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COVID-19 tests are not ‘scientifically meaningless’
If Your Time is short
Polymerase chain reaction (PCR) tests are among the most common and reliable ways to test for the coronavirus.
These tests look for the genetic material of the coronavirus in a sample that’s typically taken from a person’s nose or throat. Health care providers use them to confirm whether someone has the disease.
The United States has ramped up its COVID-19 testing capacity this summer in an effort to slow the spread of the virus. Some bloggers and Facebook users say that’s a mistake.
In a June 27 article, a website called OffGuardian wrote that the tests many health care providers use to diagnose COVID-19 are "scientifically meaningless."
"These PCR tests are meaningless as a diagnostic tool to determine an alleged infection by a supposedly new virus called SARS-CoV-2," reads the article, which has been shared more than thousands of times on Facebook.
The article was flagged as part of Facebook’s efforts to combat false news and misinformation on its News Feed. (Read more about our partnership with Facebook.) It has also been copy-pasted into text posts, which have also been shared thousands of times.
(Screenshot from Facebook)
OffGuardian was launched in 2015. The site’s name comes from the fact that its founders were all "banned from the Guardian’s ‘Comment is Free’ sections," according to its about section.
OffGuardian has a track record of publishing conspiracy theories and Russian propaganda, so we wanted to take a closer look at its claim about COVID-19 testing.
The article is inaccurate — polymerase chain reaction (PCR) tests are among the most common and reliable ways to test for the coronavirus. Similar claims have circulated, and have been fact-checked, since March.
There are three main coronavirus tests: diagnostic, antibody and antigen. Diagnostic tests, also known as PCR tests, look for the genetic material of the coronavirus in a sample that’s typically taken from a person’s nose or throat. Health care providers and public health officials use them to confirm whether someone has the disease.
In a fact sheet for its PCR test, the Centers for Disease Control and Prevention says the test is "designed to detect the virus that causes COVID-19 in respiratory specimens, for example nasal or oral swabs."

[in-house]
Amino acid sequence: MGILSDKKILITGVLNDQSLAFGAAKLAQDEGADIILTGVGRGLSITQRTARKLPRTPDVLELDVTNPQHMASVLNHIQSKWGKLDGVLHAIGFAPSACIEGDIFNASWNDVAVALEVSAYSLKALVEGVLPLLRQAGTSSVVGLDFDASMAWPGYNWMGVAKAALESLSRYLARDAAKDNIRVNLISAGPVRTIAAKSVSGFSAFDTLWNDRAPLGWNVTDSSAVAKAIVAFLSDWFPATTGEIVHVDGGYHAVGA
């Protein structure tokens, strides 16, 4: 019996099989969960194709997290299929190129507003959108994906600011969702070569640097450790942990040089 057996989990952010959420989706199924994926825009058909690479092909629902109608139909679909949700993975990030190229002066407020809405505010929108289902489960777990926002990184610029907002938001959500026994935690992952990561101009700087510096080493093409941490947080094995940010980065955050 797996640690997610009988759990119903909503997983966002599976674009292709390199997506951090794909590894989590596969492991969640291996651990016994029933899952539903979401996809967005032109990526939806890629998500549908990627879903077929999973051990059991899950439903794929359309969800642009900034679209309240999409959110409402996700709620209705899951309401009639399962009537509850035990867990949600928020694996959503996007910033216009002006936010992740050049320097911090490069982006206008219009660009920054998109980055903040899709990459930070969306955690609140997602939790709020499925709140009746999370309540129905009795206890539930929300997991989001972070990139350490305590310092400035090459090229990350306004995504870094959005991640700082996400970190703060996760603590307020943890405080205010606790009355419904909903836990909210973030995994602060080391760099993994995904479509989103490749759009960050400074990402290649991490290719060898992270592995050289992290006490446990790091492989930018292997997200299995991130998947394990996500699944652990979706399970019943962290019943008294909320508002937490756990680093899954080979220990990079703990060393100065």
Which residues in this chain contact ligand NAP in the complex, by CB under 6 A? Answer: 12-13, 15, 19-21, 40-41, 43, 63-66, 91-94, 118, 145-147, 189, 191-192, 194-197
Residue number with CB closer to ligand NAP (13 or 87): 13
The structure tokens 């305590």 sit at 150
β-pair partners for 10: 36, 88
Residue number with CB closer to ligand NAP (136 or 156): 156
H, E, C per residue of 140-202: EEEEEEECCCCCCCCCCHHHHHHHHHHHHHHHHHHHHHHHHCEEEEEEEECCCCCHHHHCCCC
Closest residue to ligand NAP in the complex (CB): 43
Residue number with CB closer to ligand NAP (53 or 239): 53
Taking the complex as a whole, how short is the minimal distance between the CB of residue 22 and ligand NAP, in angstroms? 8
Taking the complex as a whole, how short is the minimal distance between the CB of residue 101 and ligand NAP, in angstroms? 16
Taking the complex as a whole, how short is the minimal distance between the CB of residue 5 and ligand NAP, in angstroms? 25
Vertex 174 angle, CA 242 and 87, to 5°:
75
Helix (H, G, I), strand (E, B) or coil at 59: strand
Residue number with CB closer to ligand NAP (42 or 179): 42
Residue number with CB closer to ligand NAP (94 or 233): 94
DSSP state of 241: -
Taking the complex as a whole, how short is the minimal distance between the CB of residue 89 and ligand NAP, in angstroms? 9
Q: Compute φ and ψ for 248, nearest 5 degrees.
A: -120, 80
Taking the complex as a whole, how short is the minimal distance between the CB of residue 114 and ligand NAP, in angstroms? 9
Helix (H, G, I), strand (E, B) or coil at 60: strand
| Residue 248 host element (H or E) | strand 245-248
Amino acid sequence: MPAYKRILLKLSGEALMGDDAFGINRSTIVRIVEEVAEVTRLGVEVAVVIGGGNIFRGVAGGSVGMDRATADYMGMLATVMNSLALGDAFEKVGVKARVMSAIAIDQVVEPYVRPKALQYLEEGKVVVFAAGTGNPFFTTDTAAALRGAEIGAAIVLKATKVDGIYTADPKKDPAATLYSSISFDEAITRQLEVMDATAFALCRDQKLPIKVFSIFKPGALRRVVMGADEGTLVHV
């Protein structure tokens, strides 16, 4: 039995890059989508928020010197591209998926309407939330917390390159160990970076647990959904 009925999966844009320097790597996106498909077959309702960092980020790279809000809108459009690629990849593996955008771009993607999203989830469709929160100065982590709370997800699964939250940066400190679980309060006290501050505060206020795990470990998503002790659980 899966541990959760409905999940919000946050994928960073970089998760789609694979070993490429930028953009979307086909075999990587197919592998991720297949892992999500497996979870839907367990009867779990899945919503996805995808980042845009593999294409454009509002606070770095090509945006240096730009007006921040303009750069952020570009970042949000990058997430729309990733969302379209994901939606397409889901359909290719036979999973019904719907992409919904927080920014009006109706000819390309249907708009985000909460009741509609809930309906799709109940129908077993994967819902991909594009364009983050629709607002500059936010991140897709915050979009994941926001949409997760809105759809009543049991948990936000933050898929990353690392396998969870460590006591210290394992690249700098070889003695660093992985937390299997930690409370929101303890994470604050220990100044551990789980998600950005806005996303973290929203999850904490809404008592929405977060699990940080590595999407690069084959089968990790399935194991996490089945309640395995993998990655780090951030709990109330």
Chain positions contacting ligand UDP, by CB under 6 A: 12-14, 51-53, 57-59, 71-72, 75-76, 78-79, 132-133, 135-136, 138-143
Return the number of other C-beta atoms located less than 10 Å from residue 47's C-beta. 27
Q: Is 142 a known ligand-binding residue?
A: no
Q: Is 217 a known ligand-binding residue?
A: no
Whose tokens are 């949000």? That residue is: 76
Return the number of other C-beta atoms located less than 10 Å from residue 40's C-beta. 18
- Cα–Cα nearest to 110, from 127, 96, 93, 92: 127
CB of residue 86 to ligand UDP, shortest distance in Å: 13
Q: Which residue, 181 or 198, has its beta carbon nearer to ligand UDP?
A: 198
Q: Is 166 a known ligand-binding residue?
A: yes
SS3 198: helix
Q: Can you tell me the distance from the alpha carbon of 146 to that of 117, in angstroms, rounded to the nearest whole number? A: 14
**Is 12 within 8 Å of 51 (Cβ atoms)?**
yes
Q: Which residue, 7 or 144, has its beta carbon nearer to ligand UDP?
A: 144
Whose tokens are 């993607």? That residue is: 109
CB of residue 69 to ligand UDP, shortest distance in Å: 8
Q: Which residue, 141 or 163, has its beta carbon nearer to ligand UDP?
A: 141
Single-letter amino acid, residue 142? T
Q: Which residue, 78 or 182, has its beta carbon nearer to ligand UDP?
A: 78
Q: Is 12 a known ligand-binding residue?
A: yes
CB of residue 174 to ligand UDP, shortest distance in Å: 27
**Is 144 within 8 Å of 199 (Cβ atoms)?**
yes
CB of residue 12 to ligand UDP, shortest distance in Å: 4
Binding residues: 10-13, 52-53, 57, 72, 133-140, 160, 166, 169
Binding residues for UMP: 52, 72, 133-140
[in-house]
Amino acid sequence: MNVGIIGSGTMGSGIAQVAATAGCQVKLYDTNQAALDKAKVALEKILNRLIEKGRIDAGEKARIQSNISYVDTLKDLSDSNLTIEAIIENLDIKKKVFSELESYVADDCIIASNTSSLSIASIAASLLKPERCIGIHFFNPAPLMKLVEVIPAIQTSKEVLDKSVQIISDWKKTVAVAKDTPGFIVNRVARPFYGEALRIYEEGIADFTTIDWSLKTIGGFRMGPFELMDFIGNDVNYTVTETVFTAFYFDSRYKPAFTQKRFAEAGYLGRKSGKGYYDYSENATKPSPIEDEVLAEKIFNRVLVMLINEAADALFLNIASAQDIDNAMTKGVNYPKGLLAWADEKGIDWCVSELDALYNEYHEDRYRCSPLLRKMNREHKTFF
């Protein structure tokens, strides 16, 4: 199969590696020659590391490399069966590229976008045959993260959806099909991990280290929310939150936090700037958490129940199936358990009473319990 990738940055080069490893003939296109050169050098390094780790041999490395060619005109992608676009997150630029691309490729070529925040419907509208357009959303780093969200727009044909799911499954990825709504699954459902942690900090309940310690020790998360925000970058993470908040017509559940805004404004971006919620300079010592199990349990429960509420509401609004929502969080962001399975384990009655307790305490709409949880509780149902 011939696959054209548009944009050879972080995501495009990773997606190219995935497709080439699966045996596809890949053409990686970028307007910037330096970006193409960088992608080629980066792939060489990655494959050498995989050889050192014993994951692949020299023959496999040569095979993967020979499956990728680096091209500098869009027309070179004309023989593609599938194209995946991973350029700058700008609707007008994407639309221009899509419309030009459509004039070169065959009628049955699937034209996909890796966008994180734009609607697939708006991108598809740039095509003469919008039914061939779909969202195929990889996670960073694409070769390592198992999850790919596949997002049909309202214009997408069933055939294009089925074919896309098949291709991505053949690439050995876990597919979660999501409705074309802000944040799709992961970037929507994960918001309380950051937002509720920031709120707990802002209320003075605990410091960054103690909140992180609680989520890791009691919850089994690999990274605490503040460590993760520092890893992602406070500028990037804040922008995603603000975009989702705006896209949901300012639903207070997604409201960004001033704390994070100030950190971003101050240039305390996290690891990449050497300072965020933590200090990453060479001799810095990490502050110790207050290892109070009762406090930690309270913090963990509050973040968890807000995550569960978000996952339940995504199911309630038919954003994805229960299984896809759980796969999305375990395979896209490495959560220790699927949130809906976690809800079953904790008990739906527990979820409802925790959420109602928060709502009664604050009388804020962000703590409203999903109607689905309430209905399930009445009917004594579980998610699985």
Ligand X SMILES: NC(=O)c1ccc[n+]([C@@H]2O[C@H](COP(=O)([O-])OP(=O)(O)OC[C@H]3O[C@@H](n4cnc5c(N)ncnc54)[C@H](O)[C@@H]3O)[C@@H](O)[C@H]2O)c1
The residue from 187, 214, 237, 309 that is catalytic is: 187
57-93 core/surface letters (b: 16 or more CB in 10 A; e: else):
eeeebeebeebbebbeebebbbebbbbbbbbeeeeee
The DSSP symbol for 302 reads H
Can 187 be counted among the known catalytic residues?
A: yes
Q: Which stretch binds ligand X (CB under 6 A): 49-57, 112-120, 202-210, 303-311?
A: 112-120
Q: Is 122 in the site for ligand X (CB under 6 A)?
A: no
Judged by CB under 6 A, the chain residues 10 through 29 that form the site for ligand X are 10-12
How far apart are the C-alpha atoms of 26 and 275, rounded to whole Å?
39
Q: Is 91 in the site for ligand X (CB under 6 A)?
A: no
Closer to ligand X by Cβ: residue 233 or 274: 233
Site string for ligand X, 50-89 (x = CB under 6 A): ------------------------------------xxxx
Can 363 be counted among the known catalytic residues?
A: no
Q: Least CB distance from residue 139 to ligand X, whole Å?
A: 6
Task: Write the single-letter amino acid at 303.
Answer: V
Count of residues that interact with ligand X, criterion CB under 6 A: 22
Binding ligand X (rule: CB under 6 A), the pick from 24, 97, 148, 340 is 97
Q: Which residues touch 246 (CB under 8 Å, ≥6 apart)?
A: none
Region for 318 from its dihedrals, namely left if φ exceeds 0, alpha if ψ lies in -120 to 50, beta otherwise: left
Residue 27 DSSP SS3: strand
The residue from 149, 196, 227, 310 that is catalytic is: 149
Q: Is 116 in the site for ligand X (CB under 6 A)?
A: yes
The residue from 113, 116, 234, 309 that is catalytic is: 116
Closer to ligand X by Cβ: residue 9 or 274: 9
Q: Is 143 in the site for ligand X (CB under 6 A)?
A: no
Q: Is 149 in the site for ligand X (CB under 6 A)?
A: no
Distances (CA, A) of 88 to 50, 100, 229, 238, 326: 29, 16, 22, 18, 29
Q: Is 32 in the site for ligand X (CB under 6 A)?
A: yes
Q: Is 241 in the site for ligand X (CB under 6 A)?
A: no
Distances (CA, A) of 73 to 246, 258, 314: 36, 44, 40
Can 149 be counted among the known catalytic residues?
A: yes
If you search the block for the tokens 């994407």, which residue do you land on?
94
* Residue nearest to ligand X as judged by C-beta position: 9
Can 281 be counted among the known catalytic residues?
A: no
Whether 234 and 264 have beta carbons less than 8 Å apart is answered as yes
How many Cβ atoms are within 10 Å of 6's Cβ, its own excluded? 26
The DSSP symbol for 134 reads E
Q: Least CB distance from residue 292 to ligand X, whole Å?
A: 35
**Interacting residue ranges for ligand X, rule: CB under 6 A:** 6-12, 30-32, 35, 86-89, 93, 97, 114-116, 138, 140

"If you have a positive test result, it is very likely that you have COVID-19," the document says.
That’s because PCR tests amplify small segments of DNA, making it easier for labs to test for the presence of SARS-CoV-2, the virus that causes COVID-19. Health care providers have also used them for detecting viruses like HIV. It usually takes several days to get results.
In its 4,500-word article, OffGuardian lays out several (inaccurate) theories about PCR tests. None of them prove that the tests are "scientifically meaningless."
OffGuardian wrote in its article that the inventor of the PCR test, Kary Mullis, "regarded the PCR as inappropriate to detect a viral infection." In a fact-check, Reuters rated that claim false — the source is a 1996 article about HIV/AIDS. It does not say PCR tests are ineffective for detecting viruses.
OffGuardian makes several other inaccurate claims in its article, including:
"There are no distinctive specific symptoms for COVID-19." The CDC says otherwise.
"The existence of SARS-CoV-2 RNA is based on faith, not fact." Several researchers have analyzed the genetic material of the coronavirus — including its RNA.
Between 22% and 77% "of the ‘positive’ tests are false ‘positives.’" Currently, about 92% of tests in the United States produce negative results.
RELATED: Coronavirus testing: What we know, all in one place
There are legitimate questions about the accuracy of diagnostic COVID-19 tests, particularly for people who are not experiencing symptoms. There have been several cases of tests producing the wrong results, and some experts are concerned about false-negatives.
But OffGuardian’s claim about PCR tests is inaccurate and ridiculous. We rate it Pants on Fire!
Centers for Disease Control and Prevention, "FACT SHEET FOR PATIENTS: CDC - 2019-nCoV Real-Time RT-PCR Diagnostic Panel," June 12, 2020
Centers for Disease Control and Prevention, Symptoms of Coronavirus, accessed July 6, 2020
CrowdTangle, accessed July 6, 2020
Facebook post, July 4, 2020
Facebook post, July 5, 2020
Food and Drug Administration, Emergency Use Authorization, accessed July 6, 2020
Gene Reports, "Genomic characterization of a novel SARS-CoV-2," June 2020
Michigan Health Lab, "What the SARS-CoV-2 Genome Reveals," May 15, 2020
Microbiology Resource Announcements, "Complete Genome Sequence of a 2019 Novel Coronavirus (SARS-CoV-2) Strain Isolated in Nepal"
National Center for Biotechnology Information, Severe acute respiratory syndrome coronavirus 2 isolate Wuhan-Hu-1, complete genome
National Human Genome Research Institute, Polymerase Chain Reaction (PCR) Fact Sheet, accessed July 6, 2020
OffGuardian, "COVID19 PCR Tests are Scientifically Meaningless," June 27, 2020
PolitiFact, "Coronavirus testing: What we know, all in one place," May 5, 2020
Reuters, "Fact check: Inventor of method used to test for COVID-19 didn’t say it can’t be used in virus detection," July 3, 2020
Science Feedback, "PCR tests for COVID-19 are specific for the novel coronavirus SARS-CoV-2 and do not detect other coronaviruses, contrary to claims in viral article and video," April 6, 2020
Stanford Health Care, Polymerase Chain Reaction (PCR) for HIV, accessed July 6, 2020
StopFake, "Russian trolls exiled from Guardian find home for their hate," Sept. 3, 2018
Teyit, "Were PCR tests wrong 50%?" June 25, 2020
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